May 24, 2007 -- La Canada Valley Sun


By Anita Susan Brenner

When I drive past Memorial Park, I think of Todd. His name is inscribed as 1Lt Todd J. Bryant, US Army.

I remember Todd as a fourth-grader, standing at the entrance of Palm Crest Elementary School. I remember Todd getting in trouble with a teacher and telling me, "I didn't do it." I believed him. Not that Todd was incapable of pulling a prank. Far from it. Even as a 9-year-old, Todd was a man of honor. Plus, his big brother was a Marine and Todd looked up to his brother.

So many memories. The golf club he shared with five of his sixth-grade friends. Those breakfasts after the Army-Navy game in Philadelphia. The jokes. The stories. Todd was charming. He was way too easy to love.

Whenever I drive past the park, I remember J.P. His name is inscribed as 2LT James Patrick Blecksmith. I remember J.P. on the playing fields at Prep and at Navy. He was very determined. One afternoon, we stopped and chatted at Annapolis Mall. It was always nice to see him. He was proud to be a Marine, like his dad.

And I remember his smile.

I never met the others. I only know their names. Pepper Fryman. Lorrie Engstrom. Billy Pedersen, Roger Rose, Jimmy Bauder, the Doherty brothers, and Munroe, McMullin and Barnum. So many names. Since World War I, men from La Cañada served in wartime. Most returned home to the Foothills. These men did not.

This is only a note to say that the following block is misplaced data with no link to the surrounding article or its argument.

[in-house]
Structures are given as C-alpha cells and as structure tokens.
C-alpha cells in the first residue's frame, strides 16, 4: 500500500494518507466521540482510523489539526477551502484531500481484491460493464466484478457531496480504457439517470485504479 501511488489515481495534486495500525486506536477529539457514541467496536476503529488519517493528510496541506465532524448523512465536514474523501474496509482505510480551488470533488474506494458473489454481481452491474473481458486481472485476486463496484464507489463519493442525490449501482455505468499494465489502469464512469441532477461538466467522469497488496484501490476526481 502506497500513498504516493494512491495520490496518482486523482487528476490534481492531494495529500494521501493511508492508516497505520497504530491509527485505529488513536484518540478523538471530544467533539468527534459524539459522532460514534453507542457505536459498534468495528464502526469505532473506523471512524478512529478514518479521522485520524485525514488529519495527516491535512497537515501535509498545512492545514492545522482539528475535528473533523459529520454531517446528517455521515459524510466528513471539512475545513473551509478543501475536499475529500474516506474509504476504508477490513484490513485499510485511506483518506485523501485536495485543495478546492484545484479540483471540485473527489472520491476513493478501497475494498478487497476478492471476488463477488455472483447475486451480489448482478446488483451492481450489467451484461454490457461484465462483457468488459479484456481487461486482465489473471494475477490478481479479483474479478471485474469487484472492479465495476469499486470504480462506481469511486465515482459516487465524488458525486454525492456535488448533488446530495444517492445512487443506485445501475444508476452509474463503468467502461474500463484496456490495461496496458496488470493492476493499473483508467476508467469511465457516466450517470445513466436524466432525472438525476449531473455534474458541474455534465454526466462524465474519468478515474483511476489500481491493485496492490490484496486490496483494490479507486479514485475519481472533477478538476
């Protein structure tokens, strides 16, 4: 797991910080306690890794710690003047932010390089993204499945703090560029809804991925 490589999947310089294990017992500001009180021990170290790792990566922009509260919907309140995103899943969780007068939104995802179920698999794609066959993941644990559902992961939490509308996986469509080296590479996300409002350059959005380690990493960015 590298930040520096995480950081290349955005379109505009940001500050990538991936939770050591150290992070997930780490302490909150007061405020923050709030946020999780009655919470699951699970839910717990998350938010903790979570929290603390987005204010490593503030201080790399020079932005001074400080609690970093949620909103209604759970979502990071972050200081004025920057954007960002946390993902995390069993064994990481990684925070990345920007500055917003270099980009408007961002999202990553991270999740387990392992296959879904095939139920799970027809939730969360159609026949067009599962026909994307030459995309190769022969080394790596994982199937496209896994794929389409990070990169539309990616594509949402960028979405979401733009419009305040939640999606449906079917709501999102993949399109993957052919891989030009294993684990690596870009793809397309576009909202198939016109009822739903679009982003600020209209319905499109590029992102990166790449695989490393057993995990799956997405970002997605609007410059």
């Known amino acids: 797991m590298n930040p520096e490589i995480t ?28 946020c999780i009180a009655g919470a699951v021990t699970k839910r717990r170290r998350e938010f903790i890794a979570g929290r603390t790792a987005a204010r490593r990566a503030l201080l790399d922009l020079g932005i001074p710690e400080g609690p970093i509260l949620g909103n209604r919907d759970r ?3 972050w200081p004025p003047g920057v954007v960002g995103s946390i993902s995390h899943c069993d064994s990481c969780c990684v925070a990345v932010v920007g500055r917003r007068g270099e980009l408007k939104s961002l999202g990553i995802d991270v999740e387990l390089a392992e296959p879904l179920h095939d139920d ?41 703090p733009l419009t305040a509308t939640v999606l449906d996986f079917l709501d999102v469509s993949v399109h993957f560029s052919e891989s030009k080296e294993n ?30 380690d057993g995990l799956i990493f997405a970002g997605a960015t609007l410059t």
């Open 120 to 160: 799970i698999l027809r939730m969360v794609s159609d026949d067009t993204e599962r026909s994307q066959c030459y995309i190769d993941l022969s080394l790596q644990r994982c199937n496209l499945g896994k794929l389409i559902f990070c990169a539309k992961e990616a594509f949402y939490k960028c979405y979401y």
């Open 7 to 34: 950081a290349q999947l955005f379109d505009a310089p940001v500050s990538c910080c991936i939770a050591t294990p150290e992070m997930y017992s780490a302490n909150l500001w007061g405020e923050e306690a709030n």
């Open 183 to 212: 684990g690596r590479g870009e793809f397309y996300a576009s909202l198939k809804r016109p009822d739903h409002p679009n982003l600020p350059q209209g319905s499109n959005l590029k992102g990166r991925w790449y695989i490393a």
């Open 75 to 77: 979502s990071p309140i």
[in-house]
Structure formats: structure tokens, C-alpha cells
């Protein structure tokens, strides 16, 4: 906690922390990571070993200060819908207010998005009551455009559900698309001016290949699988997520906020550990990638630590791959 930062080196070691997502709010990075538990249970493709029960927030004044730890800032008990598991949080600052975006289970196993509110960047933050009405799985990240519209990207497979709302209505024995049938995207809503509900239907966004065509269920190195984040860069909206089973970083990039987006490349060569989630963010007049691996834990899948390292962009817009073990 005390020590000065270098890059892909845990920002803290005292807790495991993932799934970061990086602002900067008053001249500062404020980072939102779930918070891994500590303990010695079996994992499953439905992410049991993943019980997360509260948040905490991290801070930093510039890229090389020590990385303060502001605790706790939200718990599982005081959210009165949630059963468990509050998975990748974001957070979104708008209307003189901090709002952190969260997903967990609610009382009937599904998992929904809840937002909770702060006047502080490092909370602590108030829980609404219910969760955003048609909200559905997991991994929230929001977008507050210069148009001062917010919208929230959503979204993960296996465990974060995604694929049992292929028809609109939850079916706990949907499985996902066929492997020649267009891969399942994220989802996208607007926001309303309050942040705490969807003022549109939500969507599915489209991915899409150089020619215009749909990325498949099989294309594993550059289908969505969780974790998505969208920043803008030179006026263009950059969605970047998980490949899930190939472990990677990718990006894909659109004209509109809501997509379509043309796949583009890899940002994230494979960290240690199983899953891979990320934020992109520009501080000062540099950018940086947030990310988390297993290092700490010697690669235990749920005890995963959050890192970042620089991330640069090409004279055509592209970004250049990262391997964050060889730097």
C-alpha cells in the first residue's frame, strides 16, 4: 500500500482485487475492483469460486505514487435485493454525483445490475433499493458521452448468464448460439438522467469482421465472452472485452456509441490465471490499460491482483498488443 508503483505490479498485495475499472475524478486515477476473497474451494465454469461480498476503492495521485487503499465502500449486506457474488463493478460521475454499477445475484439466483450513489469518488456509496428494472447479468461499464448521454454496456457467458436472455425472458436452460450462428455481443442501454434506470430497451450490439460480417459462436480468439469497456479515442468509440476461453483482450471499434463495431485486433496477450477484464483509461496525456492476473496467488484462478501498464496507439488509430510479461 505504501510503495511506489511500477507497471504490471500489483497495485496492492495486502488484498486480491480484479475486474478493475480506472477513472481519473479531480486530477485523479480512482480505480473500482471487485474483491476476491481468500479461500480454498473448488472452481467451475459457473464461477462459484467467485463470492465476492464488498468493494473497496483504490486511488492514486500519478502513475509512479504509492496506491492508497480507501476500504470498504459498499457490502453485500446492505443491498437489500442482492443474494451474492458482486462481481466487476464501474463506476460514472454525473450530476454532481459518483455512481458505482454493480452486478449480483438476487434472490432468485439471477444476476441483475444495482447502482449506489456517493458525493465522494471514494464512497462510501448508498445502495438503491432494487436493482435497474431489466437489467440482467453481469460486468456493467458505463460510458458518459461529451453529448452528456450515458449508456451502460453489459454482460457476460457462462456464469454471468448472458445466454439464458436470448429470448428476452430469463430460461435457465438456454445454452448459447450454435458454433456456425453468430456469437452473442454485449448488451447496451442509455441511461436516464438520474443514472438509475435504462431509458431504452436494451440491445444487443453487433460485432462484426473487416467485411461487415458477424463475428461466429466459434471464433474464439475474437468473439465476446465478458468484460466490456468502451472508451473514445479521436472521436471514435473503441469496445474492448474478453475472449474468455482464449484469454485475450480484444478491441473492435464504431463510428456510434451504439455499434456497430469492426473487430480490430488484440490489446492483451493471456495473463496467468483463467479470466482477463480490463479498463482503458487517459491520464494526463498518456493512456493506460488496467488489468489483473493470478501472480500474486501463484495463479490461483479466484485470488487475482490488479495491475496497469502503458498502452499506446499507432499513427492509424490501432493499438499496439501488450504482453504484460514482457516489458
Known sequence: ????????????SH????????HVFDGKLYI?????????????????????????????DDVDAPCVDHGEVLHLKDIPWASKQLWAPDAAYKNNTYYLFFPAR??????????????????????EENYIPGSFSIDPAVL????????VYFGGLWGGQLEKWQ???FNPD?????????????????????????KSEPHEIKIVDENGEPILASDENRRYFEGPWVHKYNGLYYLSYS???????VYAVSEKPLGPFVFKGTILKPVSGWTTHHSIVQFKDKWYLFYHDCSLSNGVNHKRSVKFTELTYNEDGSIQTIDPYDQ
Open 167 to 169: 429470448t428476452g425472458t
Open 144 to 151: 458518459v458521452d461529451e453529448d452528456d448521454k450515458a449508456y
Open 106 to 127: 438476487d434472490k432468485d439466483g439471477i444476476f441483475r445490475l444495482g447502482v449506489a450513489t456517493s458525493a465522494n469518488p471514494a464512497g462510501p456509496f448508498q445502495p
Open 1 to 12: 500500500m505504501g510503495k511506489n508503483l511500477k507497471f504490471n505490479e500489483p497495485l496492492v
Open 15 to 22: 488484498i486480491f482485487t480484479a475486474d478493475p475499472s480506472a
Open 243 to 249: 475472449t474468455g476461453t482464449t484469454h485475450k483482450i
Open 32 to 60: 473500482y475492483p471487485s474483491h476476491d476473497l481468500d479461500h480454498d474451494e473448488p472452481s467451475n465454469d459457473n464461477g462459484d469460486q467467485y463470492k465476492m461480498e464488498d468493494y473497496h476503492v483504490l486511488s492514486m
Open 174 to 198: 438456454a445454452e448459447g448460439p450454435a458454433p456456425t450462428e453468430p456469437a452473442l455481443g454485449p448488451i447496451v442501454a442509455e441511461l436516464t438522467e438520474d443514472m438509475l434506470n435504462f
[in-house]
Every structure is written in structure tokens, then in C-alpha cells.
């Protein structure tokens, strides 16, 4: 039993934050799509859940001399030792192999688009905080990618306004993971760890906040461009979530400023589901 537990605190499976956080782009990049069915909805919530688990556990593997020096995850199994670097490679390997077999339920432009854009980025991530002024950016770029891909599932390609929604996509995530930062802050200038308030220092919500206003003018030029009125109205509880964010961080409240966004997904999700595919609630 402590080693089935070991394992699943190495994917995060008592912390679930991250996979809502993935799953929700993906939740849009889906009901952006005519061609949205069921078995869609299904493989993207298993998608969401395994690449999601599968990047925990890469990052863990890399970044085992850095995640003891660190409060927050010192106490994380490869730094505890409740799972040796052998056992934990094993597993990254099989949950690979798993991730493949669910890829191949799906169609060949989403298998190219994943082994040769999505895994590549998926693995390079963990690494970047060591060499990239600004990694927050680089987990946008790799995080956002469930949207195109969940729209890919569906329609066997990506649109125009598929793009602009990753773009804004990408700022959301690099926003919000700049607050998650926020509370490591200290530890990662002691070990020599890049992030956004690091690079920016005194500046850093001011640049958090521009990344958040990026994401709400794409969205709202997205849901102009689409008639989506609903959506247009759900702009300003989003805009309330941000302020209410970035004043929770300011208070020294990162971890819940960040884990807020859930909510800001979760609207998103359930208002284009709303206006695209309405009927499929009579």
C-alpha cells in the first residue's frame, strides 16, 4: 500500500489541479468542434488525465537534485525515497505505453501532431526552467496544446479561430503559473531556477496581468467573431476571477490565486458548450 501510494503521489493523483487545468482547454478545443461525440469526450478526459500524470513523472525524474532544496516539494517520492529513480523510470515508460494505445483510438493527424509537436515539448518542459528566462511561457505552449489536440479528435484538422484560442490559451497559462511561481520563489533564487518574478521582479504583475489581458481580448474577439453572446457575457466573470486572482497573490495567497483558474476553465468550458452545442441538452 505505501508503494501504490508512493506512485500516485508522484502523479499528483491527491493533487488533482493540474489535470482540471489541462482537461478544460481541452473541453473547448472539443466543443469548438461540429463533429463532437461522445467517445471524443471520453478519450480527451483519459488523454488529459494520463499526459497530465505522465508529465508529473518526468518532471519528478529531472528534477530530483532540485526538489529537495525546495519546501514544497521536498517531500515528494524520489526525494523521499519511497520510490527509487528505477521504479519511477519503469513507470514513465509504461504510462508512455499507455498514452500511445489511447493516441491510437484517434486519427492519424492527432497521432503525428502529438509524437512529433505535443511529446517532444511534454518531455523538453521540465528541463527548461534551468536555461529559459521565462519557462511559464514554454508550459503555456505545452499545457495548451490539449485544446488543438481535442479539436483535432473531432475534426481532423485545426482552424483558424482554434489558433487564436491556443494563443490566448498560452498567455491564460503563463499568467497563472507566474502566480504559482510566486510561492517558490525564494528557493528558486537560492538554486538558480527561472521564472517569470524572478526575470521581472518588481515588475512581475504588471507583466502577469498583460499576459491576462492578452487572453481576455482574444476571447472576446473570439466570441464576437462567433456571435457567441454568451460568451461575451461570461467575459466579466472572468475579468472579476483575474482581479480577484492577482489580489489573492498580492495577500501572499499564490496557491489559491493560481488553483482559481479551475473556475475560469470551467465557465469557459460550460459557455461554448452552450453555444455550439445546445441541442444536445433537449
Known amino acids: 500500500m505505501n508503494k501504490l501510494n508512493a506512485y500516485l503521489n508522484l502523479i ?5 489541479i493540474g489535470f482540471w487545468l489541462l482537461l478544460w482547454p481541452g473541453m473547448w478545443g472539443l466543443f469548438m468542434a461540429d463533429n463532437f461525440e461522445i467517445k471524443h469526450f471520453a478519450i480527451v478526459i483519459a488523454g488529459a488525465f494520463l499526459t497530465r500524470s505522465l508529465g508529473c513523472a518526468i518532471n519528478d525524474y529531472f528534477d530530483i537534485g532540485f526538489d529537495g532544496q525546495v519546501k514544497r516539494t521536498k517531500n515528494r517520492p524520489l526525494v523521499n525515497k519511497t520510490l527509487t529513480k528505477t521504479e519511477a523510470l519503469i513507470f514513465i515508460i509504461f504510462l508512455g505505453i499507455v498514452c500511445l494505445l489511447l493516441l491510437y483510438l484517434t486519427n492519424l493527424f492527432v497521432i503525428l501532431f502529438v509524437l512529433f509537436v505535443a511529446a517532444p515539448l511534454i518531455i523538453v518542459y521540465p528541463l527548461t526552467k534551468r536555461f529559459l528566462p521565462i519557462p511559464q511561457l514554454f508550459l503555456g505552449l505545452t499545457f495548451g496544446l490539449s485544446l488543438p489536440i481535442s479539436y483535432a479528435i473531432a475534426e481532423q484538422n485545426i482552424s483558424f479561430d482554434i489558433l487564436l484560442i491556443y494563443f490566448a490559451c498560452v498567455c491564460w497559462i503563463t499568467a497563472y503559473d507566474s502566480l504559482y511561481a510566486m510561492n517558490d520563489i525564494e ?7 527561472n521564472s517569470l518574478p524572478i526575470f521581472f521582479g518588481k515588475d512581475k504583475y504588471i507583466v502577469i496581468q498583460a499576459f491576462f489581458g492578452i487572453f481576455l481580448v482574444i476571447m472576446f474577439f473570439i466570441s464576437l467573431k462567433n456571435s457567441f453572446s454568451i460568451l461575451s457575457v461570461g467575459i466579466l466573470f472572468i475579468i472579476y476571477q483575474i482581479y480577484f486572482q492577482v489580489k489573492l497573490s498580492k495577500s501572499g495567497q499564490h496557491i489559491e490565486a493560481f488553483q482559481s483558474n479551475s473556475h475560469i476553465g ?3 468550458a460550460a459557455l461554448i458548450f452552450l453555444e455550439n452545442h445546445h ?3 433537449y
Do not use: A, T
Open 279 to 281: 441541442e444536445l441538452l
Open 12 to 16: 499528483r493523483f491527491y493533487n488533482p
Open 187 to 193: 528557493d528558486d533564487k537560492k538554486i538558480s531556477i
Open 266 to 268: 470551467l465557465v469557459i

This week, we unveil the name of the first female casualty — Army Specialist Carla Stewart.

Long before they became heroes, each of these men and women lived, worked or studied here in La Cañada. They walked these streets, the same streets of our town.

They went to our schools: Palm Crest, LCE, LCHS and Prep. They played tennis and went to parties. They ate ice cream and read books.

They were young. They had friends. They had families. People who loved them. People who would miss them. All this was long before they ever donned a uniform. All this happened right here in La Cañada Flintridge.

They each woke up one morning, on a day like any other. Perhaps it was sunny. Perhaps it rained. They might have been in Iwo Jima. Or Fallujah. Or on the USS Coral Sea.

It was a day like a thousand other days. A new day in the world of the living.

They each woke up, not knowing that this day would be their last.

Not knowing that we would honor them.

I like to imagine this: Today is a day like any other in La Cañada Flintridge. Children play ball in Memorial Park. Suddenly, a soccer ball rolls out of bounds, it rolls past the players, past the grassy area. The ball caroms off a post and comes to rest on the south side of the gazebo, just below the plaques.

A youngster runs after the soccer ball. He rounds the corner. As he (or she) stoops to retrieve the ball, he looks up at the plaques and notices the names. Perhaps the child reads a name.

I like to imagine that this child whispers, "Thank you," before running back into the park.

Anita Susan Brenner is a longtime La Cañada Flintridge resident. She is an attorney with Law Offices of Torres and Brenner.